Researchers in the Netherlands have designed a thumbnail-size autopilot system that they say is the lightest in the world, at just 1.9 grams. That should free up a fair amount of carrying capacity for the micro air vehicles (MAVs) that may one day serve as the eyes and ears of emergency rescue teams.
"Our dream is that every firefighter carries an MAV in his breast pocket to use for inspections of collapsed or burning buildings, without having to go inside," says Bart Remes, head of the MAV lab at Delft Technical University in the Netherlands. They designed the autopilot, called Lisa/s, on an open-source model to encourage others to play with it and offer their suggestions.
Here's a video of a quadcopter and a tiny helicopter controlled by Lisa/s.
As you can see, the autopilot doesn't send the little craft off on acrobatics or guide them to targets; it just stabilizes their flight. That's "one piece of the puzzle" of autonomous flight, says Sebastian Scherer, a robotics researcher at Carnegie Mellon University. Two other pieces—sensing the environment and planning a route that avoids obstacles—are needed to achieve autonomous flight.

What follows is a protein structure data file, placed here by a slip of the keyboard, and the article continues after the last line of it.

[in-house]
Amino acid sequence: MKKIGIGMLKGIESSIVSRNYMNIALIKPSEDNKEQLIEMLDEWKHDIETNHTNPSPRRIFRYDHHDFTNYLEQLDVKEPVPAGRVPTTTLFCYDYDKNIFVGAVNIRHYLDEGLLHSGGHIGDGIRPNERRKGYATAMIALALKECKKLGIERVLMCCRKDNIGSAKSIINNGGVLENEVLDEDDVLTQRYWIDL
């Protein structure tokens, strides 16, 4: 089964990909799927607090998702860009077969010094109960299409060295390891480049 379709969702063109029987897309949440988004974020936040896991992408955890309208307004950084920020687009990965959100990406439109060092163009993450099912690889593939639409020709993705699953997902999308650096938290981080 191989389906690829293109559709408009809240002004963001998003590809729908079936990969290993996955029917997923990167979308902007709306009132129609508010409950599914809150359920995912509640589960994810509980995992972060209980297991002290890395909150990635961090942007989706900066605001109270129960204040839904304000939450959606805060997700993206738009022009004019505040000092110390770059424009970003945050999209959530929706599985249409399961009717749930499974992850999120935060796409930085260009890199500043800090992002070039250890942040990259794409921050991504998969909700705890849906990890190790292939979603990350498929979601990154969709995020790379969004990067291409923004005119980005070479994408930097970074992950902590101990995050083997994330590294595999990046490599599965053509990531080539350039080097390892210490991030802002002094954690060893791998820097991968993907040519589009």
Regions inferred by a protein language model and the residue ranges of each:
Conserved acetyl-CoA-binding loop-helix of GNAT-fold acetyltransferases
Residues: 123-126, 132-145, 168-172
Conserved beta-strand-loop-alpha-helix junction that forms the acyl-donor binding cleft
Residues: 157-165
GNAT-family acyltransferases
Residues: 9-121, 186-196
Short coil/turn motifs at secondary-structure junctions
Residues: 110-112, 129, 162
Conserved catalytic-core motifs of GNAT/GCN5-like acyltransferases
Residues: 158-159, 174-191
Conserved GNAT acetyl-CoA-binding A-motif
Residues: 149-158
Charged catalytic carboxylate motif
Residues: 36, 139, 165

"These kinds of autopilots are very common, however, the size makes it special," Scherer says. "It does not have sensors to make it 'intelligent' or able to avoid obstacles (which is a lot harder). Also, this autopilot can currently fly only outdoors, away from objects."
In next month's IEEE Spectrum, Scherer and his colleague, Lyle Chamberlain, will describe their work on a fully autonomous U.S. Army helicopter designed to evacuate wounded soldiers. But that robo-copter is big and costly, whereas the Delft researchers envisage something tiny and cheap that can buzz through burning corridors, see who's there, and radio for help.
Photo: TU Delft
Philip E. Ross is a senior editor at IEEE Spectrum. His interests include transportation, energy storage, AI, and the economic aspects of technology. He has a master's degree in international affairs from Columbia University and another, in journalism, from the University of Michigan.